Louisville Mayor Greg Fischer does not support a tax or licensing fee on cyclists in the city.
In an hour long interview Monday with WFPL, Fischer said city leaders should encourage people to bike more often—not worry about getting revenue from cyclists.
Metro Council member Jerry Miller previously brought up the idea of taxing bicyclists. Miller said cyclists should help cover the cost of bicycle lanes and other infrastructure that benefits bike peddlers .
Fischer responded Monday, saying bicycling is “easier on our roads, our bridges, it’s easier on our air.
“I hope someday we have the problem that we have so many cyclists in our community we going to have to figure out how we are going to control all of this.”
In early June, Miller, a Republican whose district covers the far eastern part of the county, told Wave3 News that he believes cyclists should be required to pay a licensing fee to help pay for bicycle infrastructure or, at least, “pay more than zero.”
Miller could not be reached Tuesday for a follow up to his previous statements.
Metro Council Tom Owen denounced the potential for a tax or licensing fee for cyclists. He said those that are in favor of getting some type of funding from cyclists “don’t understand the demographics” of the majority of cyclists on city streets.
Owen said “in reality” many bicycle riders are doing so “without a choice” and imposing a fee to ride a bike would be a “bureaucratic nightmare.”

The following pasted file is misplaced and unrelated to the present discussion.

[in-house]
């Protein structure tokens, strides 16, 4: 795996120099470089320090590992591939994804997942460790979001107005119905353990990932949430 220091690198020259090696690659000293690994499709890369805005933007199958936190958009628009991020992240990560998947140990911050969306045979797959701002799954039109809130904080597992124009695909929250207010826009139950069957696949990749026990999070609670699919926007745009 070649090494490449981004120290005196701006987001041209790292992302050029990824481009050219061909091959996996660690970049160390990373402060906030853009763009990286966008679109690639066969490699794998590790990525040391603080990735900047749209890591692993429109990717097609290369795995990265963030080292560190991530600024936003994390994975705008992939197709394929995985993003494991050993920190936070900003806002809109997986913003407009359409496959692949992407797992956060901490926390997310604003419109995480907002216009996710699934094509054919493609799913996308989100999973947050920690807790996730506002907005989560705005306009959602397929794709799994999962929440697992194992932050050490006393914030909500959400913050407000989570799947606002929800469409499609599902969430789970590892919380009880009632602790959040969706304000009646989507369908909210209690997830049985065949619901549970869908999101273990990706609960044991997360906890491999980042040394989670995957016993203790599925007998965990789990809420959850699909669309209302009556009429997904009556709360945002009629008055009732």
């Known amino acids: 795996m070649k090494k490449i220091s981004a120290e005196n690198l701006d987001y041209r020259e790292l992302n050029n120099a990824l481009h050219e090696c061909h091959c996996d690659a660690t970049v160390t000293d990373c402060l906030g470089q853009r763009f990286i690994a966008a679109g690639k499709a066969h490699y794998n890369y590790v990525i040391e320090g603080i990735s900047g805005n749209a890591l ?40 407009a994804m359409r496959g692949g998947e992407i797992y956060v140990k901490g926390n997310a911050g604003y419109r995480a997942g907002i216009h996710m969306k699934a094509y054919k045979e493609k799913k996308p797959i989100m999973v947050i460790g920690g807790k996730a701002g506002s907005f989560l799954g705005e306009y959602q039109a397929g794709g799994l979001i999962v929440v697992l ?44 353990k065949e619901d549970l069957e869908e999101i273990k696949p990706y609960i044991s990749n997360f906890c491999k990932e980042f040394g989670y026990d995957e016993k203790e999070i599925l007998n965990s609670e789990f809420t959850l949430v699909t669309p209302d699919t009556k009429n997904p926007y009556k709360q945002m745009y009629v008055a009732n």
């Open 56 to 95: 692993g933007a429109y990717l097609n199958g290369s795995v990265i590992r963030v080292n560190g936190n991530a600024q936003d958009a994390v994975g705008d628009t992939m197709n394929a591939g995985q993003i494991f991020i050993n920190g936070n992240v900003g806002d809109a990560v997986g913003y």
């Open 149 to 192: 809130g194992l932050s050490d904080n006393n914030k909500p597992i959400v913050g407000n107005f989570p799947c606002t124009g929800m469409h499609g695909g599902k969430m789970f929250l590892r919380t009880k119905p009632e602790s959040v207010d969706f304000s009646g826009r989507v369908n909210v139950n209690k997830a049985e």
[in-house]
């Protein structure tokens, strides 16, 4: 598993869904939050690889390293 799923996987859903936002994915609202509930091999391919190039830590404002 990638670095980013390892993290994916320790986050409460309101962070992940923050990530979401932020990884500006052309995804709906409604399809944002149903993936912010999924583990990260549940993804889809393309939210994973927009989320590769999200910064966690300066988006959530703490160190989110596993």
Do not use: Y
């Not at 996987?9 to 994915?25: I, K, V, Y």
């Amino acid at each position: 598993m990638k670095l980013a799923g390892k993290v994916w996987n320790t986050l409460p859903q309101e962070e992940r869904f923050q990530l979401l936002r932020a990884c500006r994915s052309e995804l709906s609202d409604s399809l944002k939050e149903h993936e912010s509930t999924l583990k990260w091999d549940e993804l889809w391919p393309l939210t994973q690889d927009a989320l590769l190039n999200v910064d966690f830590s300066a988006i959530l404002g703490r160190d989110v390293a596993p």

“Besides that, where are you going to put the license plate,” said Owen, a Democrat whose district includes the Highlands area.
Andy Murphy, president of the Louisville Bicycle Club, said taxing cyclists is “a bad idea.”
“If we are trying to encourage people to bicycle for commuting or health reasons then putting tax on that is not going to help,” he said.
Mayor Fischer’s budget for the next fiscal year allocates $300,000 for added bicycle infrastructure.
The Metro Council has put a block on those plans, requesting a study be completed to determine the amount of usage new bicycle lanes on Breckenridge and Kentucky streets before moving forward with construction of new lanes.
Harold Adams, spokesman for Metro Public Works, said discussions have begun about how to “go about fulfilling the request of the council.”
Adams said conducting bicycle traffic counts on those bicycle lanes should be “pretty easy,” but he wasn’t sure about the duration of the study.
He also didn’t know if other heavily cycled roads will be studied.
Fischer said cycling provides multiple benefits to city area, from environmental to economic.
“It is super important for us as a city to continue to invest in our cycling lanes,” the mayor added. ”Anything we can do to promote biking obviously leads to cleaner air, healthier citizens and it is targeted right in the middle of job creation.”